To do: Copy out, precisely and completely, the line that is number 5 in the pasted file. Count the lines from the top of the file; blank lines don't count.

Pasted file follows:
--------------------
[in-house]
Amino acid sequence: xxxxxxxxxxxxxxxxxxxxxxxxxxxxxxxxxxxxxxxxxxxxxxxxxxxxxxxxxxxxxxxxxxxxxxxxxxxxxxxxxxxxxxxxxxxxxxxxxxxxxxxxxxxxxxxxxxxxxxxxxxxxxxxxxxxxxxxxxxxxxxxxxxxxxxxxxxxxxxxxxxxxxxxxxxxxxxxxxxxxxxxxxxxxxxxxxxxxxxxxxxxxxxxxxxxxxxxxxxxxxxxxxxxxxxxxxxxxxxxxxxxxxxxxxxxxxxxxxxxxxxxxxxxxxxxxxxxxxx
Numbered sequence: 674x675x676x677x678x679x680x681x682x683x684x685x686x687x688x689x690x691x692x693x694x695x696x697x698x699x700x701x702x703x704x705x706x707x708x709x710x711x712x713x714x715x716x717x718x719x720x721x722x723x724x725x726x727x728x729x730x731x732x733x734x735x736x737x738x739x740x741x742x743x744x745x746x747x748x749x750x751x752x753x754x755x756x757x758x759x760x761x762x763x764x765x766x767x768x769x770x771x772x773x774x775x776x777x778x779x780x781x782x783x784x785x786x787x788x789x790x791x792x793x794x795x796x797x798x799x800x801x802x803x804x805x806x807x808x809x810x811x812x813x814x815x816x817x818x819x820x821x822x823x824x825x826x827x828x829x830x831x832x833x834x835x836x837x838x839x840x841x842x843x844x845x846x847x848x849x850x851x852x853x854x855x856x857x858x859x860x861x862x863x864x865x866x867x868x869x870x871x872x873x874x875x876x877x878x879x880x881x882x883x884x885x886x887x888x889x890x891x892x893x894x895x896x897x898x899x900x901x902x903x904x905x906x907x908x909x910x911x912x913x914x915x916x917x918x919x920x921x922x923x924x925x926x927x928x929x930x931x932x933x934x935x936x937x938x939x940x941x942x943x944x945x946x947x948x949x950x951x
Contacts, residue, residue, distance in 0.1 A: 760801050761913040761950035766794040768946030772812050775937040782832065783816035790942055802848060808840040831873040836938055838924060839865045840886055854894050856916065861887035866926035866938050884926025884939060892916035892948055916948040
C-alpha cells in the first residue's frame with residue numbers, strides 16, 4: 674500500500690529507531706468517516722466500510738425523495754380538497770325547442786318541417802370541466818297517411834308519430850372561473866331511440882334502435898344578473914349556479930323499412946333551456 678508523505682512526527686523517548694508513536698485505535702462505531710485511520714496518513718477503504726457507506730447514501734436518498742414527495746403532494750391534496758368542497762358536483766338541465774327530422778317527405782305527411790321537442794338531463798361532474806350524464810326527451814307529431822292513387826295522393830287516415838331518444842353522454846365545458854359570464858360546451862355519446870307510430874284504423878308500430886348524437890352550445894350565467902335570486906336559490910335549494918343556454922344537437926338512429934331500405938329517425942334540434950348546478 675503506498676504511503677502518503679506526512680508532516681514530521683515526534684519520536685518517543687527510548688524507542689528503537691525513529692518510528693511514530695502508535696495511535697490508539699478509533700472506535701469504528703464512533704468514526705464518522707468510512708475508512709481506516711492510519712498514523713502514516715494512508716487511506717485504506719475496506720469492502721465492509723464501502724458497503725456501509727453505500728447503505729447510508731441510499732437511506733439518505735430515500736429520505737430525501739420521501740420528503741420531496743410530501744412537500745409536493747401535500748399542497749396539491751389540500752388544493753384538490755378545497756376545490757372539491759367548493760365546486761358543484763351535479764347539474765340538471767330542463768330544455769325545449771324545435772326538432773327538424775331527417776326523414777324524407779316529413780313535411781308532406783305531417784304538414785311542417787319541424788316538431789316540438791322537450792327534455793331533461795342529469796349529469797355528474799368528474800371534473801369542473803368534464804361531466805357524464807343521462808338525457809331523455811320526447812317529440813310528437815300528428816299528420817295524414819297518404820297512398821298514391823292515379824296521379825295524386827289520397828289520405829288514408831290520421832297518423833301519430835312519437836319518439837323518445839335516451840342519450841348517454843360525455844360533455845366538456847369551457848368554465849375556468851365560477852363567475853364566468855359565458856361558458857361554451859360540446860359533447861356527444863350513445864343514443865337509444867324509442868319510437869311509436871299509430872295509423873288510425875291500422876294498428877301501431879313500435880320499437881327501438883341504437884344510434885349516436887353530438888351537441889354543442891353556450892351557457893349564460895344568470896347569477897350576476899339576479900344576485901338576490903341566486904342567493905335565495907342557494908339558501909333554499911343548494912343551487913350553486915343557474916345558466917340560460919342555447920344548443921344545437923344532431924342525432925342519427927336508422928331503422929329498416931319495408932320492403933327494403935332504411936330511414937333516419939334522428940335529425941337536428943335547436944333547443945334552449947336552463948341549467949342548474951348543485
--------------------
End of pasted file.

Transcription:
C-alpha cells in the first residue's frame with residue numbers, strides 16, 4: 674500500500690529507531706468517516722466500510738425523495754380538497770325547442786318541417802370541466818297517411834308519430850372561473866331511440882334502435898344578473914349556479930323499412946333551456 678508523505682512526527686523517548694508513536698485505535702462505531710485511520714496518513718477503504726457507506730447514501734436518498742414527495746403532494750391534496758368542497762358536483766338541465774327530422778317527405782305527411790321537442794338531463798361532474806350524464810326527451814307529431822292513387826295522393830287516415838331518444842353522454846365545458854359570464858360546451862355519446870307510430874284504423878308500430886348524437890352550445894350565467902335570486906336559490910335549494918343556454922344537437926338512429934331500405938329517425942334540434950348546478 675503506498676504511503677502518503679506526512680508532516681514530521683515526534684519520536685518517543687527510548688524507542689528503537691525513529692518510528693511514530695502508535696495511535697490508539699478509533700472506535701469504528703464512533704468514526705464518522707468510512708475508512709481506516711492510519712498514523713502514516715494512508716487511506717485504506719475496506720469492502721465492509723464501502724458497503725456501509727453505500728447503505729447510508731441510499732437511506733439518505735430515500736429520505737430525501739420521501740420528503741420531496743410530501744412537500745409536493747401535500748399542497749396539491751389540500752388544493753384538490755378545497756376545490757372539491759367548493760365546486761358543484763351535479764347539474765340538471767330542463768330544455769325545449771324545435772326538432773327538424775331527417776326523414777324524407779316529413780313535411781308532406783305531417784304538414785311542417787319541424788316538431789316540438791322537450792327534455793331533461795342529469796349529469797355528474799368528474800371534473801369542473803368534464804361531466805357524464807343521462808338525457809331523455811320526447812317529440813310528437815300528428816299528420817295524414819297518404820297512398821298514391823292515379824296521379825295524386827289520397828289520405829288514408831290520421832297518423833301519430835312519437836319518439837323518445839335516451840342519450841348517454843360525455844360533455845366538456847369551457848368554465849375556468851365560477852363567475853364566468855359565458856361558458857361554451859360540446860359533447861356527444863350513445864343514443865337509444867324509442868319510437869311509436871299509430872295509423873288510425875291500422876294498428877301501431879313500435880320499437881327501438883341504437884344510434885349516436887353530438888351537441889354543442891353556450892351557457893349564460895344568470896347569477897350576476899339576479900344576485901338576490903341566486904342567493905335565495907342557494908339558501909333554499911343548494912343551487913350553486915343557474916345558466917340560460919342555447920344548443921344545437923344532431924342525432925342519427927336508422928331503422929329498416931319495408932320492403933327494403935332504411936330511414937333516419939334522428940335529425941337536428943335547436944333547443945334552449947336552463948341549467949342548474951348543485